Xenosaga Vol. 1 isn't a piece of bad science fiction so much as it is an ineptly executed one from a narrative and scriptwriting standpoint. It frittered away much of my natural goodwill towards it by being ridiculously focused on getting (I'm assuming here) every piece of plot from the game into the TV show. It's not a matter of not having all the pieces that might work together...the space battles look quite nice. The direction is steady and in some places brings out genuine dramatic tension. The soundtrack, while it could use a few more numbers with memorable melodies, is an enjoyable symphonic work. And though the character designs are a bit worse for wear -- in particular, having every female character with eyes the size of grapefruit -- none of these bits harms Xenosaga in and of itself.
What it comes down to, and what probably came out in my tongue-in-cheek description of the show, is that the program is totally event-driven. The audience knows nothing about Shion save that she's got super-extraordinary-futuristic glasses where she can press the nosebridge and have the lenses pop out like magic. (Surely they will have perfected Lazik surgery in 4000 years?) Yes, admittedly, cute and sweet can go a long way in endearing us to a character, but beyond that, there's nothing to Shion. And as far as the other characters, they are even more stereotypical, from the "kill-'em-all" warrior to the variations on the Han Solo theme on the freighter. They only exist to propel the story through more events. In a certain sense, I've seen few shows cover as much ground as Xenosaga Vol. 1 did in its 100 minutes. But so what if the Gnosis whale-beings take over the universe? Why does it matter? If Shion falls for the goofy but protective crewman or the muscular pilot who tries to pick her up, will it make one difference to how I think about life? No, it won't.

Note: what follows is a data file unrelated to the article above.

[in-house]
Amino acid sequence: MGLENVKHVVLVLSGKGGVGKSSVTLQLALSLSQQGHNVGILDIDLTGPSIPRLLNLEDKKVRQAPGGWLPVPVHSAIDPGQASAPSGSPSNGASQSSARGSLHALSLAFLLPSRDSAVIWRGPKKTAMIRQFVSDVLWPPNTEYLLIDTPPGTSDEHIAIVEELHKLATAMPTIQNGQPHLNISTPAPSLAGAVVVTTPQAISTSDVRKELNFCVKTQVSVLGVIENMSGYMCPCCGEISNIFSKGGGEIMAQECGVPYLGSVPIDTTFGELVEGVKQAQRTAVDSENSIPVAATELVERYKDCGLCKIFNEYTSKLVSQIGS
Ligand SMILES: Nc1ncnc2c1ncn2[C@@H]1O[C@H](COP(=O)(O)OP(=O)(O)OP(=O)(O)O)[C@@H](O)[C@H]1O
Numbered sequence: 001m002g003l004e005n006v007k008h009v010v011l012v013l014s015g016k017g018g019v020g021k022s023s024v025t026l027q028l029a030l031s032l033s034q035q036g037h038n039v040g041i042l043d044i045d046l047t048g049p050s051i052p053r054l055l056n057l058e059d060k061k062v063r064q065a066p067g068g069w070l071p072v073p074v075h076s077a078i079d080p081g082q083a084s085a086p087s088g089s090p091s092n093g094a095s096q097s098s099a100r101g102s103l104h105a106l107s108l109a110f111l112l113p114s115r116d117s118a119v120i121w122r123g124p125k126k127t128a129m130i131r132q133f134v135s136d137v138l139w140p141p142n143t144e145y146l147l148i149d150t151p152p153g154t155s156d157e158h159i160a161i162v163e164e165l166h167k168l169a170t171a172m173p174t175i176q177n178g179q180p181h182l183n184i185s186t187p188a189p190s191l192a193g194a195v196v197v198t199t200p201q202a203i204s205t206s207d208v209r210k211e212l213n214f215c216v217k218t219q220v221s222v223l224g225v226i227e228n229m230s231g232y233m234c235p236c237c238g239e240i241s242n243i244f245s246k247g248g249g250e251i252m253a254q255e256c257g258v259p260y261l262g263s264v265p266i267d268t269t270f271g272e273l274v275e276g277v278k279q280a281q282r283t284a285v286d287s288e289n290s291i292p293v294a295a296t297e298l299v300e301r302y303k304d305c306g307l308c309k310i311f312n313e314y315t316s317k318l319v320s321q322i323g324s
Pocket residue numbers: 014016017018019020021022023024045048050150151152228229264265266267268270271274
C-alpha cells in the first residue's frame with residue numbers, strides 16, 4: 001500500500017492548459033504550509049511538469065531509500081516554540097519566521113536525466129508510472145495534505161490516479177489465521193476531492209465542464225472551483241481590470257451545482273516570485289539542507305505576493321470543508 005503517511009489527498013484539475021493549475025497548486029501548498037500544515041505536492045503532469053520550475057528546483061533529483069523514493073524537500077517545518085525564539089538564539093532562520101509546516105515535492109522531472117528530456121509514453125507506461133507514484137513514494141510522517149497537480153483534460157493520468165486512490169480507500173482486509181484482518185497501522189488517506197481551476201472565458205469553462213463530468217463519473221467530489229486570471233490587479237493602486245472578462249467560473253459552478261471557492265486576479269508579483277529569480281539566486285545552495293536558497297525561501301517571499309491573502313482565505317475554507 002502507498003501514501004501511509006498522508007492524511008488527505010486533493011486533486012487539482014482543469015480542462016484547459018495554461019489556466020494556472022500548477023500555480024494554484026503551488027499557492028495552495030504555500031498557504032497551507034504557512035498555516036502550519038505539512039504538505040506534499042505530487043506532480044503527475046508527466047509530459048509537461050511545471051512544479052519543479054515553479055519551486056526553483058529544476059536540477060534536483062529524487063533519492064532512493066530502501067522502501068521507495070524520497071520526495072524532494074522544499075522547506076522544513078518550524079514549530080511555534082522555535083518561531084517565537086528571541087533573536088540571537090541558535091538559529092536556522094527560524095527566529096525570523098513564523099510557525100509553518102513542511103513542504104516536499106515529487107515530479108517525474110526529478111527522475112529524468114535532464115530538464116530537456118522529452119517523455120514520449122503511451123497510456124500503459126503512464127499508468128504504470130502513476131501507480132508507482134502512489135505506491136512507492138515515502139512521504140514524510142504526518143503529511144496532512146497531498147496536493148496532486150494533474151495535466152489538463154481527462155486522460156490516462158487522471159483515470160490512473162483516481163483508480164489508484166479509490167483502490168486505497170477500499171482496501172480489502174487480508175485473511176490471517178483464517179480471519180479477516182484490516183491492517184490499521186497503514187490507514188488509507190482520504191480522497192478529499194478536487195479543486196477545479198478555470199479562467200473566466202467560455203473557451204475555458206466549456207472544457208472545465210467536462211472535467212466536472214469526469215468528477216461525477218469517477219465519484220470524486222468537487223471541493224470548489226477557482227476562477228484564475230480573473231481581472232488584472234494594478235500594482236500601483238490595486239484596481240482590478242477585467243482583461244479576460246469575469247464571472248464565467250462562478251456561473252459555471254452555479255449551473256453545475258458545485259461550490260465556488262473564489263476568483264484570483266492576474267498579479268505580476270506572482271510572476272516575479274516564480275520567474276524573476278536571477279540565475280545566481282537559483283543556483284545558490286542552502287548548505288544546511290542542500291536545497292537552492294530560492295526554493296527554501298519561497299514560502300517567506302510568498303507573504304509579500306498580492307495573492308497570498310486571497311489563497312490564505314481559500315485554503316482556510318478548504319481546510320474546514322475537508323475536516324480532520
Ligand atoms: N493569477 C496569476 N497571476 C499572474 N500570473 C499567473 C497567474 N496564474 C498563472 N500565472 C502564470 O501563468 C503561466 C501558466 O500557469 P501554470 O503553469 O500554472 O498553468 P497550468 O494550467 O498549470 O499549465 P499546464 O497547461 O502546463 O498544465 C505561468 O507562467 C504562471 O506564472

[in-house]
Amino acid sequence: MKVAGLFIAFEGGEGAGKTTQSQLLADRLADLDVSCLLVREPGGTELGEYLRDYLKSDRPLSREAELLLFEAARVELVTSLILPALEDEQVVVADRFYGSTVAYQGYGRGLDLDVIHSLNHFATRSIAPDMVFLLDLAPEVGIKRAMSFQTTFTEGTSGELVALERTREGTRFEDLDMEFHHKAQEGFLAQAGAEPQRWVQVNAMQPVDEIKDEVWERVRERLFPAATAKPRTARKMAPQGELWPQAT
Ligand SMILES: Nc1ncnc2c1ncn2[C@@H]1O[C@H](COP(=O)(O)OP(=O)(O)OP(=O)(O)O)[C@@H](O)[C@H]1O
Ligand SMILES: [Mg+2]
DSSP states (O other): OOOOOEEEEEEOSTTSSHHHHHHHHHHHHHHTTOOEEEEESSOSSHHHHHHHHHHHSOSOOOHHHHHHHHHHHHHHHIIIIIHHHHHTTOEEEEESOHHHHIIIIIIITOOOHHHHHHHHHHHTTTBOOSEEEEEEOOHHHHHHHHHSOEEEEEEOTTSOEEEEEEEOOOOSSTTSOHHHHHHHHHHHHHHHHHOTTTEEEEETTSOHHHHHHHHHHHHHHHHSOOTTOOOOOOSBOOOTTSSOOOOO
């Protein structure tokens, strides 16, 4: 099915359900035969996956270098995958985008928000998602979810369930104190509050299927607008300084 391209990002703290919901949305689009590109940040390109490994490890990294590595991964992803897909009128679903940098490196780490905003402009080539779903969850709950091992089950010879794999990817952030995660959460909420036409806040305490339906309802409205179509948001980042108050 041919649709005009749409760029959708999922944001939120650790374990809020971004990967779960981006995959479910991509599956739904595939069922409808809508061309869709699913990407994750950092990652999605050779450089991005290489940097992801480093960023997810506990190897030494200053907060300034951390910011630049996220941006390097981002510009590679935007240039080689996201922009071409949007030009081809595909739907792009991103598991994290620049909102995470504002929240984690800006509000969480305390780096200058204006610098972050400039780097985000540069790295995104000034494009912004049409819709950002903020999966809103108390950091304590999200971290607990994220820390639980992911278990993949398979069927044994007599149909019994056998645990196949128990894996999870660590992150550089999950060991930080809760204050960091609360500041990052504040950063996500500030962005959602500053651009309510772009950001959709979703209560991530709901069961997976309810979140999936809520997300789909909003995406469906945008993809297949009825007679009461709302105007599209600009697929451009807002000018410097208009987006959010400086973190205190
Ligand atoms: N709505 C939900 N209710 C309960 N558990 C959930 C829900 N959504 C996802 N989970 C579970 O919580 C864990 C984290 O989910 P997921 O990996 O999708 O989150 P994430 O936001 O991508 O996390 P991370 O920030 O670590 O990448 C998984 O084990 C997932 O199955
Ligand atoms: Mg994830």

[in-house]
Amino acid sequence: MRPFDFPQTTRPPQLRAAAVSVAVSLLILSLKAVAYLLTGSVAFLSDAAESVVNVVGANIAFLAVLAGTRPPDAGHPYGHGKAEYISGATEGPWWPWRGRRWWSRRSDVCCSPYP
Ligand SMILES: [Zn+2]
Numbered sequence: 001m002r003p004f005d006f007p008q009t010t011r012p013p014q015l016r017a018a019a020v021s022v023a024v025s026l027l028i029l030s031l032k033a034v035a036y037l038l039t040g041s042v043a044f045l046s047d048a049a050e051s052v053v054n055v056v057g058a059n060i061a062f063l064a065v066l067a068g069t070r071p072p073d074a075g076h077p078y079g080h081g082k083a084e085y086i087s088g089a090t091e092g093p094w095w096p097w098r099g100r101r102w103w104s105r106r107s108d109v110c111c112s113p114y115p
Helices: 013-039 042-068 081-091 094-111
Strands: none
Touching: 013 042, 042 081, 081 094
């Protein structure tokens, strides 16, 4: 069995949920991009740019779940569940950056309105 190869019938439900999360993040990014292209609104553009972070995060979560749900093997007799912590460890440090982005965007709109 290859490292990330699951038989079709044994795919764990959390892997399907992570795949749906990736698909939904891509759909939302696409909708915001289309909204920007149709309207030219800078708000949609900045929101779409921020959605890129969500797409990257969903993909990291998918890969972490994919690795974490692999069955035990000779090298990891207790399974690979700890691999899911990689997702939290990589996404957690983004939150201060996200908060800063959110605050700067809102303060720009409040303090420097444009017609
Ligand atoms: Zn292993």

The people of Xenosaga aren't people at all but necessary components for a plot. And that's no way to create a science-fiction epic. I don't remember lots about every battle in Robotech, but I do remember Rick and Lisa and Minmei. I'm not even a Gundam fan, but the heroic, foolish nobility of Char Aznable stays with me. There have been too many variations on the Harlock story to even know what's canon and what's not, but Captain Harlock will always be the coolest stoic in the universe. To be good science fiction, a story must get past all the gadgets and ships and laser beams and show us how this affects somebody's real life in a way we can relate. Otherwise, it's all in a galaxy far far away and it can stay there for all I care.
That isn't to say that Xenosaga Vol. 1, on its own terms, can't be entertaining. I've seen a lot worse shows, and I've probably even given some of them better grades than I should have. I'm a sucker for science fiction, and this provided some of the stuff I really enjoy. But I was reminded a whole lot of Super Atragon when I was watching Xenosaga. Both have good soundtracks that sound just like a sci-fi epic should. Both feature large explosions and an expanding number of characters. And both failed to provide any real depth. What's more, I'm certain that it's not going to get any better. Nobody can tell this kind of story in 12 episodes with any hope of real meaning. It wasn't unpleasant, but somehow it all just feels...unnecessary.
Xenosaga Vol. 1 -- sci-fi violence -- C+